And no man shall come up with thee, neither let any man be seen throughout all the mount; neither let the flocks and herds feed before that mount. (23)
St. John of the Cross explains the significance of the divine drama of Moses' ascent up Mount Sinai. St. John shows us that the ascent is a consciously-directed set of actions, designed to leave in our recollection an enlightenment tableau.
When God ordered Moses to climb to the top of the mountain ... He commanded Moses not only to ascend alone, and leave the children of Israel below, but to rule against the pasturing of beasts on the mountainside. [Ex. 34:3] The meaning is that a person ascending this mount of perfection to converse with God must not only renounce all things, by leaving them at the bottom, but also restrict his appetites (the beasts) from pasturing on the mountainside, on things which are not purely God. For in God, or in the state of perfection, all appetites cease. (24)
St. John of the Cross furnishes us with one clue to the drama here. In another section of his book, he gives us a second clue to unlock the full meaning of the Sinai drama. St. John of the Cross was spiritual director to the nuns and monks of the reformed Carmelite order. He drew a picture once of the ascent up Mount Carmel which he counselled them to undertake. What was the Mount Carmel he depicted? It was the human head. (25)
St. John depicts the human spine ending in the brain. He is testifying to the knowledge of what Easterners term the kundalini, which Da Free John called “the current of immortal joy.” (26) There are hints in his works that he knew of the chakra system. For instance, he describes his enlightenment experience, making reference to "lilies," which could be his term for the chakras.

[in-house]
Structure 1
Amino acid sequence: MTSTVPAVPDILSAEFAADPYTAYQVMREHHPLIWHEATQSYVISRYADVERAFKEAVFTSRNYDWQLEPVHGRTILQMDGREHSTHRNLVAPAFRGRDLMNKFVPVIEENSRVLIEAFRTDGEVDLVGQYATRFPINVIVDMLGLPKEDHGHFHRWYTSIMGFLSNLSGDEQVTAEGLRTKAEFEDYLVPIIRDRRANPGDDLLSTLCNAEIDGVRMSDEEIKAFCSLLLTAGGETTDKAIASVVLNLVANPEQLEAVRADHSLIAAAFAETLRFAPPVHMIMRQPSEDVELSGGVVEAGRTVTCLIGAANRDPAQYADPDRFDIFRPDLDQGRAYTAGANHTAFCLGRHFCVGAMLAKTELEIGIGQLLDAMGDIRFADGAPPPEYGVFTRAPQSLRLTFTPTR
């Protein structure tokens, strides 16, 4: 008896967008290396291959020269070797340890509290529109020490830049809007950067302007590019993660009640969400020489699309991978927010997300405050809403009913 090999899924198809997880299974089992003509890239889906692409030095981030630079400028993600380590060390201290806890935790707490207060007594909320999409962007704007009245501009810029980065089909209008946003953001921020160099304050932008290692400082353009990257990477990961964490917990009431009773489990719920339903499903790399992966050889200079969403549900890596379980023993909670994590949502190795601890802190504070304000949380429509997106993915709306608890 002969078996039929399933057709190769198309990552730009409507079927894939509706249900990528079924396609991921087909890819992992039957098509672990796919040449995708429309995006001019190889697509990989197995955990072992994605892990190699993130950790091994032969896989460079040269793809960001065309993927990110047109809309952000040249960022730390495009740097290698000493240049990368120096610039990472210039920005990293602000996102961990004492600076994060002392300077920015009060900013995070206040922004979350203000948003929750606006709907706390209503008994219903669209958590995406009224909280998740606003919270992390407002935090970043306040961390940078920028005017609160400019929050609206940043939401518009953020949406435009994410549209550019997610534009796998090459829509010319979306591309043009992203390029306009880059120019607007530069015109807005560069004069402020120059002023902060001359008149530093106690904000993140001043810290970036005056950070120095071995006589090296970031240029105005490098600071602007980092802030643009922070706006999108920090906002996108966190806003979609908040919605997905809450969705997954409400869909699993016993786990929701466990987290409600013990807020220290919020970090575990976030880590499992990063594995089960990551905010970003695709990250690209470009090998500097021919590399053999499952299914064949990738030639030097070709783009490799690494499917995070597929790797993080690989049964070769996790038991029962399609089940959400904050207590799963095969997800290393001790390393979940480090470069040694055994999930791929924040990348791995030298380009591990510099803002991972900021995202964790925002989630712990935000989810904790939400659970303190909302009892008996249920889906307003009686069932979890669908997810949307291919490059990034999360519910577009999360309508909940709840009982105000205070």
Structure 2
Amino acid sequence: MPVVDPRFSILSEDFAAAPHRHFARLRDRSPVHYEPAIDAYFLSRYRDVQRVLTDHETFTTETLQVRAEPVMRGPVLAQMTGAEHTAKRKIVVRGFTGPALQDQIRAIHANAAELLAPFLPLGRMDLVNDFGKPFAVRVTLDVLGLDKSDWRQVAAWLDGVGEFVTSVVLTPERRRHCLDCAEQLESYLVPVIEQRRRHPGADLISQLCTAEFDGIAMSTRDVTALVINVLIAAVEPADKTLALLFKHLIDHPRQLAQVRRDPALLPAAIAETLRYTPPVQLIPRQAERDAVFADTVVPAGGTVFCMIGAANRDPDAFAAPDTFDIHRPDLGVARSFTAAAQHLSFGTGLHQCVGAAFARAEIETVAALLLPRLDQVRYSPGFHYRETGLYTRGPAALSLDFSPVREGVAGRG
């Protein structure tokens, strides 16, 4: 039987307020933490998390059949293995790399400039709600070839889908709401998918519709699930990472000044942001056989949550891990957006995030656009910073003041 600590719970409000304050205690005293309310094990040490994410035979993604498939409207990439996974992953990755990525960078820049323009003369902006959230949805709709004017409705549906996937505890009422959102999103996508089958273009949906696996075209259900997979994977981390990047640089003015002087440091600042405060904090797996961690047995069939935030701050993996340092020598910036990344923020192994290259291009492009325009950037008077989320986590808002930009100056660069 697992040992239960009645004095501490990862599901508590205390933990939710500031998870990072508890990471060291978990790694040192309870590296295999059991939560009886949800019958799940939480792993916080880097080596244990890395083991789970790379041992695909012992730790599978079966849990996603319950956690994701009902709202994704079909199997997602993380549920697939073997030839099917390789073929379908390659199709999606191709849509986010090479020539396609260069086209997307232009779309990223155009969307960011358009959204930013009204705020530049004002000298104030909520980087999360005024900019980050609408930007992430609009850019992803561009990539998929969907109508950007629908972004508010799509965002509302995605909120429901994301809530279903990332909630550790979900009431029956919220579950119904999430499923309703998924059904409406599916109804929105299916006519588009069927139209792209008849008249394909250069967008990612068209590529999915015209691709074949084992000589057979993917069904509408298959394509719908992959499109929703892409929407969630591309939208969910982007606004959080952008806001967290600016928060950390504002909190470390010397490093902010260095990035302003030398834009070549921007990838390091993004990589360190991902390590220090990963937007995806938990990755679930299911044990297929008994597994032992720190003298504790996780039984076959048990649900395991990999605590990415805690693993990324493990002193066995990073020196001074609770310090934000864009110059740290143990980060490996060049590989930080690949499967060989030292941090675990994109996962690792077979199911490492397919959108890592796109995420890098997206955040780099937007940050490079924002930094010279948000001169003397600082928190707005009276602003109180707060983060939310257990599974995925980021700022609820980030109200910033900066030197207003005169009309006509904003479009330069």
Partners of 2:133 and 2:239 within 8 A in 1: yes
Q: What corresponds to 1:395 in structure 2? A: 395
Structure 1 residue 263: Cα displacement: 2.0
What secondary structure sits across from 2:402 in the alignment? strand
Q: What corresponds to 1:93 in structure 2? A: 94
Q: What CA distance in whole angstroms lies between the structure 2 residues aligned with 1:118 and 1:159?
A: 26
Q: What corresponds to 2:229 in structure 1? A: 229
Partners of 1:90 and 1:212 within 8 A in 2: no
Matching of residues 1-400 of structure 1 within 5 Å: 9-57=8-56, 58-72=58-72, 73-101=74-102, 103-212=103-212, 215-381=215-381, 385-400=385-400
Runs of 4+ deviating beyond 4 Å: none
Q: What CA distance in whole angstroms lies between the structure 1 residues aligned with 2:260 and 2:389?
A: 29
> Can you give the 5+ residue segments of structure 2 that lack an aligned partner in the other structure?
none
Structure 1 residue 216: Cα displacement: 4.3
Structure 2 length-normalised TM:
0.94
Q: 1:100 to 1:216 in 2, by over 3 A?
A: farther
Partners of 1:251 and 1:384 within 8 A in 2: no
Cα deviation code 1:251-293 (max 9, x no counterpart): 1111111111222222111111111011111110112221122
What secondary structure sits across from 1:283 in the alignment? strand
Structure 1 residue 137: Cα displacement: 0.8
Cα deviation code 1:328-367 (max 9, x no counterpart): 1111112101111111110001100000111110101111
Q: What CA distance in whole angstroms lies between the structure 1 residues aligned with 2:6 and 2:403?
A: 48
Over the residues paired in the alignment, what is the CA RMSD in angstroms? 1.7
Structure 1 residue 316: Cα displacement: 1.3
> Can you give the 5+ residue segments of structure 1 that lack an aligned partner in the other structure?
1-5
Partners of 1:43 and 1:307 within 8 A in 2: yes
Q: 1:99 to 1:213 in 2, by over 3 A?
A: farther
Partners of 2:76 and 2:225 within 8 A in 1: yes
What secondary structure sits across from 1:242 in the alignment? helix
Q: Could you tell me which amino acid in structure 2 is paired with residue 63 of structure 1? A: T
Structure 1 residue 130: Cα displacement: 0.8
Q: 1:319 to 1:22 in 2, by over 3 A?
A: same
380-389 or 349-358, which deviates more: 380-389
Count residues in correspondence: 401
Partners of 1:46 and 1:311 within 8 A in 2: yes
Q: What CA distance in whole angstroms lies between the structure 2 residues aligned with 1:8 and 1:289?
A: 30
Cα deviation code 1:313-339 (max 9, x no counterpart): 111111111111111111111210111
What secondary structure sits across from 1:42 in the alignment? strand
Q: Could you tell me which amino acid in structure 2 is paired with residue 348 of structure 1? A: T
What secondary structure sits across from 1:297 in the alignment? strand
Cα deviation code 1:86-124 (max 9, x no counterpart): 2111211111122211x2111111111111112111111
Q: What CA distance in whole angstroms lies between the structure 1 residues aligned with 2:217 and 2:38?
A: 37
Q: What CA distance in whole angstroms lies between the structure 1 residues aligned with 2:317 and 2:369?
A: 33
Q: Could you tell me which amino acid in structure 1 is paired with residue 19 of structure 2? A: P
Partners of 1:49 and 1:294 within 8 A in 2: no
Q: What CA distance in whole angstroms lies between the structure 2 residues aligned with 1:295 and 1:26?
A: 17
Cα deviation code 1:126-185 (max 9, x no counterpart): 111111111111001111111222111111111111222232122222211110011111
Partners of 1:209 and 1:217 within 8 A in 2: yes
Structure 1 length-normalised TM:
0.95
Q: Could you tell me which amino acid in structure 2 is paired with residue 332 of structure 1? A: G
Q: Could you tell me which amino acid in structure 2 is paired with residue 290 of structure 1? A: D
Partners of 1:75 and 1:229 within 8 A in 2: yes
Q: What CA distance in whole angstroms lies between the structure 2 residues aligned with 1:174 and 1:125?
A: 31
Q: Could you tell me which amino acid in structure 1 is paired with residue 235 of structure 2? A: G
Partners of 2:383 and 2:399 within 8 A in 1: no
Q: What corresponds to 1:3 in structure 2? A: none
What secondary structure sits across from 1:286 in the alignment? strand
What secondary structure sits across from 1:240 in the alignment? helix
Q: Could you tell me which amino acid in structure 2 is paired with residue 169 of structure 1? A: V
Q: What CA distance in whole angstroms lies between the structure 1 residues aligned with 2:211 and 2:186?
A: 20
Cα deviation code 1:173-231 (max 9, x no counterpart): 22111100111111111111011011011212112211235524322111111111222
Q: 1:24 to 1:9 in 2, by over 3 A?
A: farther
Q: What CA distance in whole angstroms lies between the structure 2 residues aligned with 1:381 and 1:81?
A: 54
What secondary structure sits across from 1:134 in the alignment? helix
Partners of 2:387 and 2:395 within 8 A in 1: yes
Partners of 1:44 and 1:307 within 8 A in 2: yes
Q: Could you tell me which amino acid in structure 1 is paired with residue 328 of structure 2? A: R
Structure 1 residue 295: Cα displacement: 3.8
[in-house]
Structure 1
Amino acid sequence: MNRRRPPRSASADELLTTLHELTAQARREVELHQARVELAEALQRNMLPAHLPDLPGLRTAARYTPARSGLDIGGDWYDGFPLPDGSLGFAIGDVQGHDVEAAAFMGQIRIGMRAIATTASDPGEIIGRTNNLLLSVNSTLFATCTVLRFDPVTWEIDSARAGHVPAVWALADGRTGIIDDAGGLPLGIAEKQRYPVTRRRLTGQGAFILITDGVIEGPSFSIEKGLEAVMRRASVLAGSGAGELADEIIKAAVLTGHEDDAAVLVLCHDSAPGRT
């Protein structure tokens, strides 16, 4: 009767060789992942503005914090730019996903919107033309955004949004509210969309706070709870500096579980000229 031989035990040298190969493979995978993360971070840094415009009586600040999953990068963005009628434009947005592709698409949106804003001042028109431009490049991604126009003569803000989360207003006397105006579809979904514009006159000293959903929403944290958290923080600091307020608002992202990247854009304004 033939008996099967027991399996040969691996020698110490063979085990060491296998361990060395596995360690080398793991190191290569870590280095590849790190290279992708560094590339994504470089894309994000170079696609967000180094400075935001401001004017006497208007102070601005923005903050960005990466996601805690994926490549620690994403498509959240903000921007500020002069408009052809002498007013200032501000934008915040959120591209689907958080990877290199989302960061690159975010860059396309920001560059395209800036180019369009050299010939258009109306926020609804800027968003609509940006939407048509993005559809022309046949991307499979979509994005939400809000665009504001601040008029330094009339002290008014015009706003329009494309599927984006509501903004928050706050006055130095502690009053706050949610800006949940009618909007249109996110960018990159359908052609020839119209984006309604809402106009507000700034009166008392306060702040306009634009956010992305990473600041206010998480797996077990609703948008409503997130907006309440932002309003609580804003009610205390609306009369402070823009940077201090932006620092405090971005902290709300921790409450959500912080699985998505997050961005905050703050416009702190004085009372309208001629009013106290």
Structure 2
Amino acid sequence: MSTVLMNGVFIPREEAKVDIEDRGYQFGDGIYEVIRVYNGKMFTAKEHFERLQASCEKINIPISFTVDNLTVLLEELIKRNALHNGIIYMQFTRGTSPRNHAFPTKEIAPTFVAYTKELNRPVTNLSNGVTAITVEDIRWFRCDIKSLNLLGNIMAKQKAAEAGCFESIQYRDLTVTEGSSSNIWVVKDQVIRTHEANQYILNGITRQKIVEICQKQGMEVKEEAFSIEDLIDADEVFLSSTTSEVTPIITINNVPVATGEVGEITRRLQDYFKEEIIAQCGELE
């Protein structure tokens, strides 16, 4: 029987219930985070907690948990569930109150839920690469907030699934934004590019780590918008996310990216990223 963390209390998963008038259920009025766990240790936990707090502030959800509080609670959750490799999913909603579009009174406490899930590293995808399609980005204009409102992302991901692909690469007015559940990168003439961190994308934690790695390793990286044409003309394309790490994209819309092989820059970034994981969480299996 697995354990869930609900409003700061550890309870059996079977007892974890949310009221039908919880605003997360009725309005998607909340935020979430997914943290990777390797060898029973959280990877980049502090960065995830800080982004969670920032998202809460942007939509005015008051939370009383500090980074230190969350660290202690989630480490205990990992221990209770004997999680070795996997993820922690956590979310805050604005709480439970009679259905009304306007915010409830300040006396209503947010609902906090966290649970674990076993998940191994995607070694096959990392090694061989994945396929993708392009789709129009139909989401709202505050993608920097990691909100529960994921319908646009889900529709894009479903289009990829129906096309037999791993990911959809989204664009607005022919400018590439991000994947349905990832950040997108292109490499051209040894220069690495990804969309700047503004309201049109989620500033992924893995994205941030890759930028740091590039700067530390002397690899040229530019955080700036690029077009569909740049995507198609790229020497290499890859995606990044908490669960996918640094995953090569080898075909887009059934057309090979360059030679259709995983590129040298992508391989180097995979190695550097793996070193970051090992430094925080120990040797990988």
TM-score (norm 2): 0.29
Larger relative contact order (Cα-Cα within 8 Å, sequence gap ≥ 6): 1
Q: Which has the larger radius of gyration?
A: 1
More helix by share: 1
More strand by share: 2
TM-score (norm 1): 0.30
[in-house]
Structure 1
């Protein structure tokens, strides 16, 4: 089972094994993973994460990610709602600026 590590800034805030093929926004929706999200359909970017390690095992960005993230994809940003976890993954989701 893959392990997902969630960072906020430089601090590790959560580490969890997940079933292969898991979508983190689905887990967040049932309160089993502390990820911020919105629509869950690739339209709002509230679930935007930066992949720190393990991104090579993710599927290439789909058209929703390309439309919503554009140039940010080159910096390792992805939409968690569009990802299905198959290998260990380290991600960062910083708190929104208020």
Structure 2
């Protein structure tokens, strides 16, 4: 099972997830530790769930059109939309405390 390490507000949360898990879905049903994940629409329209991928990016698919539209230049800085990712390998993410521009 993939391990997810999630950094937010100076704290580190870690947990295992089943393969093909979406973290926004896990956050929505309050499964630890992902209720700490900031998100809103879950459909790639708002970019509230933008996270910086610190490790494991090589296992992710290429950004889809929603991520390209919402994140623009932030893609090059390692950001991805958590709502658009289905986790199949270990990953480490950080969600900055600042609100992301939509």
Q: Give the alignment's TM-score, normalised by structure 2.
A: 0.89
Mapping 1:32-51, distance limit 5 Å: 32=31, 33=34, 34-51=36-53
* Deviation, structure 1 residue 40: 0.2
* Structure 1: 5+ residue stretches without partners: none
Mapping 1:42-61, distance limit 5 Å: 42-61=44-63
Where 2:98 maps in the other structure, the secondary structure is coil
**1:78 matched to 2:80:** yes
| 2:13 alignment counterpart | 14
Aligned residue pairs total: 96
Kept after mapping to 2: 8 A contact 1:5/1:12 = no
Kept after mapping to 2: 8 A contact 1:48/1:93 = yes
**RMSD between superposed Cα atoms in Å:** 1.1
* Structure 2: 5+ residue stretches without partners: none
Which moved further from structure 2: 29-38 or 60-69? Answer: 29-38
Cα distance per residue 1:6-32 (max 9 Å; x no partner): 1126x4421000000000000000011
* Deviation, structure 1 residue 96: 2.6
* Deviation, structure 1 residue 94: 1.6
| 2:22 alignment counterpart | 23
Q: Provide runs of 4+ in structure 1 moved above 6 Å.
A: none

I abandoned and forgot myself,
Laying my face on my Beloved;
All things ceased; I went out from myself,
Leaving my cares
Forgotten among the lilies. (27)
The ascent of the kundalini figured prominently in the enlightenment of Franklin Merrell-Woolf. Let us hear a modern-day description of that spiritual energy.
The Current is clearly a subtle, fluid-like substance which brings the sense of well-being already described. Along with It, a more than earthly Joy suffuses the whole nature. To myself, I called It a Nectar. Now, I recognize It under several names. It is ... the 'Soma,' the 'Ambrosia of the Gods,' the 'Elixir of Life,' the 'Water of Life' of Jesus, and the 'Baptism of the Spirit' of St. Paul. It is more than related to Immortality; in fact it is Identical with Immortality. (28)
To the sensuous consciousness It appears as of the nature of a fluid, for there is a sense of 'flowing through.' It penetrates all tensions with the effect of physical release. Spots that are not so well feel both rested and stronger. All over and through and through there is a quality that may well be described as physiological happiness. The organism feels no craving for sensuous distraction in order to find enjoyment. The external life of the individual could appear highly ascetic and austere to others, but all the while it would be profoundly happy. ...